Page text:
By: Kim Flottum
You’ll notice there’s a lot of paper devoted to queens in this issue. That’s on purpose. Nowhere in today’s world of food production has the pressure of modern chemistry been more detrimental, and had a more serious effect than on pollinators in general, and especially on queen honey bees. It’s a tough world out there.
Almost every queen you purchase from a commercial producer or even the local supplier down the street, is, from day one as an egg until their too-early demise in your hive, subjected to a lethal swamp of agricultural chemicals both in and out of the hive. There are some, though, that are not. Seek them out whenever you can. But never has the toxic side of agriculture reached into so many places and touched so many people, animals, insects and soil and water organisms as it does today. Queen honey bees are only one of those touched. And te damage is subtle, unnoticed until fatal, but certain.
Most queens purchased today are raised in a world of parts-per-billion poison, spending their entire childhood surrounded in a beeswax world seeped in beekeeper applied miticides used to control Varroa mites. And add to this the chemicals brought back to the hive that have been added to or absorbed by pollen and nectar, plus what’s on the bodies of foragers from the outside world. Only parts per billion mind you, only parts per billion. Hardly any at all.
This is what our environment is, you know. We are daily touched by traces of toxins in our water, air and everyday world. Not enough to kill, even to make us ill, but a constant stress our systems must negotiate to remain stable.
To this, add Varroa to our honey bee’s world. Actually, the physical damage caused by a Varroa to a single honey bee is minimal. Not nothing, but minimal. However, the simple act of piercing the integument of a honey bee and feasting on the protein components of her internal organs immediately challenges her immune system. And even that wouldn’t be lethal if that’s all that happened. As this mite feeds on our bee she leaves behind as many as a dozen viruses that our now-immune-challenged bee has to battle. Just that alone shortens her life, by as much as half. So now our hive has damaged bees, living shorter and shorter lives, trying to care for our queen.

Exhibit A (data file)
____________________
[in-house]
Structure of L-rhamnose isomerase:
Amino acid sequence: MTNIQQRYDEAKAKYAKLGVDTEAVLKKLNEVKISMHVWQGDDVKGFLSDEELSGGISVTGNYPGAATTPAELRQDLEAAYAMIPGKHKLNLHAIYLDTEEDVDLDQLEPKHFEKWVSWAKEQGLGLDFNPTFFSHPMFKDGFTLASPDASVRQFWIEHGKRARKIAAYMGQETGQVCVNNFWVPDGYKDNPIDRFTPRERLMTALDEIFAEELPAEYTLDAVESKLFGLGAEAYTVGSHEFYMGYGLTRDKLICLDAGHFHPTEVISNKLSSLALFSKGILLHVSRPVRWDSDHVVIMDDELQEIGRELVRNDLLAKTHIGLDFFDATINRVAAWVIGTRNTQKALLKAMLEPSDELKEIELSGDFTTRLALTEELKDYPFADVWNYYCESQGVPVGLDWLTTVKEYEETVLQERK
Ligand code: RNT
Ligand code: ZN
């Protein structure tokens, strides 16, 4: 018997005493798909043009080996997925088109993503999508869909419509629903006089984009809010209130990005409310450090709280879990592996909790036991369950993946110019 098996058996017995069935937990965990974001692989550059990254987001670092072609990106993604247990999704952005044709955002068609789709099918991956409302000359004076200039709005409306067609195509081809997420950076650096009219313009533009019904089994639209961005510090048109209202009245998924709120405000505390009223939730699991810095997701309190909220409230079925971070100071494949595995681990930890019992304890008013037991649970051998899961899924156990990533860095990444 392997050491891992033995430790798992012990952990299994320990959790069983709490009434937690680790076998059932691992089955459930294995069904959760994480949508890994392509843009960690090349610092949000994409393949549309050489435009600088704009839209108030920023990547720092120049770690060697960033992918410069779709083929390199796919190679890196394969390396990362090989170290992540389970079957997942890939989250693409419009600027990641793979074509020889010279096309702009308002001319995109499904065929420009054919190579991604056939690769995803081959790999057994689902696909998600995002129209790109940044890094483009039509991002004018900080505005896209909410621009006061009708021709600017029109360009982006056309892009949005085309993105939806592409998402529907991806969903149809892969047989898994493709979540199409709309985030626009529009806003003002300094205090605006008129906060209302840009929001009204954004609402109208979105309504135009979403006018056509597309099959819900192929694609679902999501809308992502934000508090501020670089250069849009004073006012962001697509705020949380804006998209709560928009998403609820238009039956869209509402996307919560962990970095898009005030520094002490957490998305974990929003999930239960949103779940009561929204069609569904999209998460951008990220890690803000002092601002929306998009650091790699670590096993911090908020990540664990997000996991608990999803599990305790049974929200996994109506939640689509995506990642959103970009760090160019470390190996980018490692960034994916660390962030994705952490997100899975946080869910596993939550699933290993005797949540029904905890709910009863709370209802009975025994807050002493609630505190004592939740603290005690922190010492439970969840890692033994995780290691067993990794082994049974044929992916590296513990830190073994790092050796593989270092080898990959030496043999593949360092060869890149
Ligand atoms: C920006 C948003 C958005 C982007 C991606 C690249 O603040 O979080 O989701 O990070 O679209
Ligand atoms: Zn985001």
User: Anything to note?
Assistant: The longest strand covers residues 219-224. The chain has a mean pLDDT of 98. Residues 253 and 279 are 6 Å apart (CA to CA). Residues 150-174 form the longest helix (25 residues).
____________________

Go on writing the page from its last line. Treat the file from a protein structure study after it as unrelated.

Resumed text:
But wait, there’s more. Each season there is less and less available food for our bees to eat. Every year there are more and more sterile lawns, parking lots, roads, buildings, and agriculture. Especially agriculture. There’s more land in corn and soybeans in this country than there is land in Texas. And corn and soybeans don’t feed bees.Yet our bees are always nearby feeding on what flowers are available alongside these fields that are awash with herbicides to keep the weeds away, fungicides to keep disease away, and insecticides to keep insects away. And, unfortunately, this toxic cocktail doesn’t stay exactly where it is put. It blows away, it washes away, and it soaks into the ground water we all have to have. It is everywhere. Only parts per billion, mind you. Only parts per billion. Hardly any at all.
So all of this comes home. Our bees must navigate through this to find not enough food to eat. And some of what they find is tainted. So not enough tainted food eaten by damaged bees shortens the life of the bees we have, and the queens they have. Queens, as powerful as they are, are really quite fragile when it comes to these challenges. And they do not live as long as they should.
Your colony can not survive without a queen, and queens do not do well unless protected from the world we provide out there. Take care of your bees, and your bees will take care of their queen. Provide clean, fresh water. Provide clean, nutritious food. Put them in safe places. Long live the queen.